GI 6 - The Stomach Flashcards Preview

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Flashcards in GI 6 - The Stomach Deck (31):

Which gastric cells secrete histamine?

Enterochromaffin-like cells


What acts to stimulate Gastrin secretion in the stomach?

- Peptides/ amino acids in lumen
- Vagally released Acetylcholine
- Vagally released Gastrin-releasing peptide (GRP)


What is the function of intrinsic factor? Which gastric cell produces it?

- Necessary for Vitamin B12 absorption in the ileum
- Parietal cells


Why do parietal cells change shape when stimulated to produce acid?

Tubulovesicular structure rearranges into a canicular structure = massively increases surface area for secretion


Describe the mechanism of HCl secretion:

- Carbonic anhydrase combines CO2 + OH- to form HCO3- + H+ in parietal cell
- Cl- moves into parietal cell via HCO3-/Cl- antiporter
- Cl- moves into stomach lumen via apical Cl- channel, down conc. grad.
- H+ is pumped into lumen via H+/K+-ATPase
- Basolateral Na+/K+-ATPase sets up Na+ conc. grad.
- Na+/H+-ATPase maintains pH of parietal cell
- Excess K+ leaves via apical/basolateral K+ channels


What is the alkaline tide that occurs after eating? What causes it?

- Temporary increase in pH after eating
- Caused by efflux of HCO3- by parietal cells during the secretion of acid into the stomach


Name the channels used in acid secretion on the basolateral parietal wall:

HCO3-/Cl- exchanger
K+ channel


Name the channels used in acid secretion on the apical parietal wall:

Cl- channel
K+ channel


What directly stimulates the production of gastric acid?

- Vagus nerve secretes Ach -> M3 on parietal cells
- Histamine
- Gastrin


How does the vagus nerve stimulate the production of acid both directly and indirectly?

Directly: stimulates parietal cells via Ach -> M3
- Stimulates enterochromaffin-like cells to secrete Histamine = stimulates parietal cells
- Stimulates G cells to secrete Gastrin = stimulates parietal cells


How is acid secretion from parietal cells inhibited?

Luminal acid stimulates D cells to secrete Somatostatin, which:
- Directly inhibits Parietal cells
- Inhibits Gastrin production from G cells, which indirectly inhibits parietal cells


Name the 3 phases of digestion, and the percentage of total HCl secretion caused by each stage:

1) Cephalic ~ 30% of total HCl production
2) Gastric ~ 60%
3) Intestinal ~ 10%


Describe the cephalic stage of digestion:

- Anticipation of food (sight, smell, taste, chewing) stimulates the parasympathetic fibres on the Vagus nerve
- This directly stimulates Parietal cells = acid secretion
- and G cells = gastrin production


Somatostatin is released when D cells detect luminal acid. Why is somatostatin release inhibited when food is present in the stomach?

Food acts as a buffer, causing pH to rise, inhibiting D cells


What is the Enterogastric reflex?

- Lipids and gastric acid in the duodenum reduces vagal stimulation
- Inhibition of gastrin secretion in the stomach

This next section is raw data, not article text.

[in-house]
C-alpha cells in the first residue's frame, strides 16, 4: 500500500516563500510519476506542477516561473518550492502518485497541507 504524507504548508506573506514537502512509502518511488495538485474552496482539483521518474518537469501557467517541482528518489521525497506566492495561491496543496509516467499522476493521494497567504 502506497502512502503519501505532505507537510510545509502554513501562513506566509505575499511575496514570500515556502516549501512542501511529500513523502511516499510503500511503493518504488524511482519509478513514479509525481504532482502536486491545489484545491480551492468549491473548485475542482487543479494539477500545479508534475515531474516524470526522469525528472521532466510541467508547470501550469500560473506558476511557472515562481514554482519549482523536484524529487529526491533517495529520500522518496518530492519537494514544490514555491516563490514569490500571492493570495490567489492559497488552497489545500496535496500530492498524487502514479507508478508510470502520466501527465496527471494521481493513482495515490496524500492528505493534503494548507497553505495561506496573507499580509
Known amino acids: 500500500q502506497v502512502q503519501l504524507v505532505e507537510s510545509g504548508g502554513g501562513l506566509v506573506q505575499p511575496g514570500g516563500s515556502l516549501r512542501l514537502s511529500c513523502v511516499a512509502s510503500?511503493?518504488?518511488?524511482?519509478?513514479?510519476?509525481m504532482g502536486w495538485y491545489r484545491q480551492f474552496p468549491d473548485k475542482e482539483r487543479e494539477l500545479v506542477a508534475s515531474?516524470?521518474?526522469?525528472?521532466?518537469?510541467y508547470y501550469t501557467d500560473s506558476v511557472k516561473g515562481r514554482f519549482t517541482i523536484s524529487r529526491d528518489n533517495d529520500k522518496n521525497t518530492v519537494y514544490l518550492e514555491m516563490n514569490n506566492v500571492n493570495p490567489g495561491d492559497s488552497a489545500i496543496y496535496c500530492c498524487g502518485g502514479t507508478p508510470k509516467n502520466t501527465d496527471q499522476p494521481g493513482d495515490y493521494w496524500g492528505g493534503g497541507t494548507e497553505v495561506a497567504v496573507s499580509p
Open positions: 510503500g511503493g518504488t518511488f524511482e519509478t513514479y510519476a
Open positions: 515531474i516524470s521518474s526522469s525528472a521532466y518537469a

- This reduces stomach motility, reducing the rate of emptying from the stomach


Chyme in the duodenum stimulates the release of:

- Secretin
- Gastric Inhibitory Hormone


How does the duodenum control the rate of gastric emptying?

- Lipids and gastric acid in the duodenum reduces vagal stimulation
- Inhibition of gastrin secretion in the stomach
- This reduces stomach motility, reducing the rate of emptying from the stomach


How can gastric acid secretion be reduced via drugs?

- H2 blockers - prevent Histamine stimulating Parietal cells
- Proton-pump inhibitors - prevent H+ moving from the Parietal cell into the stomach lumen


Name some drugs which can reduce gastric acid secretion:

H2 blockers: Cimetidine, Ranitidine
PPI: Omeprazole


How do gastric epithelia survive the pepsins and low pH of the lumen?

Covered in an alkaline mucous layer, secreted by mucous neck cells and surface epithelial cells
= Diffusion barrier for H+ and pepsins


The peristaltic contractions of the stomach are stimulated by a pacemaker in which area of the stomach? How frequently do these contractions occur?




What are the common causes of acute gastritis?

- Alcohol
- Chemotherapy
- Bile reflux
- Stress


How does heavy NSAIDs use lead to gastritis?

- NSAIDs reduce the number of prostaglandins
- Decreases blood flow
- Less nutrients to cells
- Reduced mucous production
- Reduced protection of gastric epithelia


What can cause chronic gastritis?

- Helicobacter pylori
- Cytomegalovirus
- Some parasites
- Autoimmune
- Chronic bile reflux
- Chronic NSAIDs use
- Chronic alcohol intake
- Chronic radiation
- Crohn's
- Sarcoidosis
- Wegener granulomatosis
- Coeliac disease


Why can pernicious anaemia be caused by chronic gastritis?

- Damaged parietal cells = less intrinsic factor secreted
= Less vitamin B12 absorbed - vital for erythropoesis


What is the treatment for Helicobacter pylori?

Triple therapy:

1) PPI ie Omeprazole
2) Clarithromycin
3) Amoxicillin


Name the specific test used to diagnose Helicobacter pylori:
Explain how it works:

Urease breath test:

- Swallow radioactive urea
- If H. pylori present, will break this down into ammonia + CO2
- CO2 will be expired and detected


Is Helicobacter pylori gram positive or negative? Will it stain red or purple?

Gram negative



How is Helicobacter pylori infection spread between people?



How does Helicobacter pylori survive the acidic gastric conditions?

- Uses flagellum to burrow into the gastric epithelia
- Expresses Urease, which converts urea to ammonium, which increases the local pH


What are the key properties of chyme leaving the stomach?

- Acidic
- Hypertonic
- Partially digested

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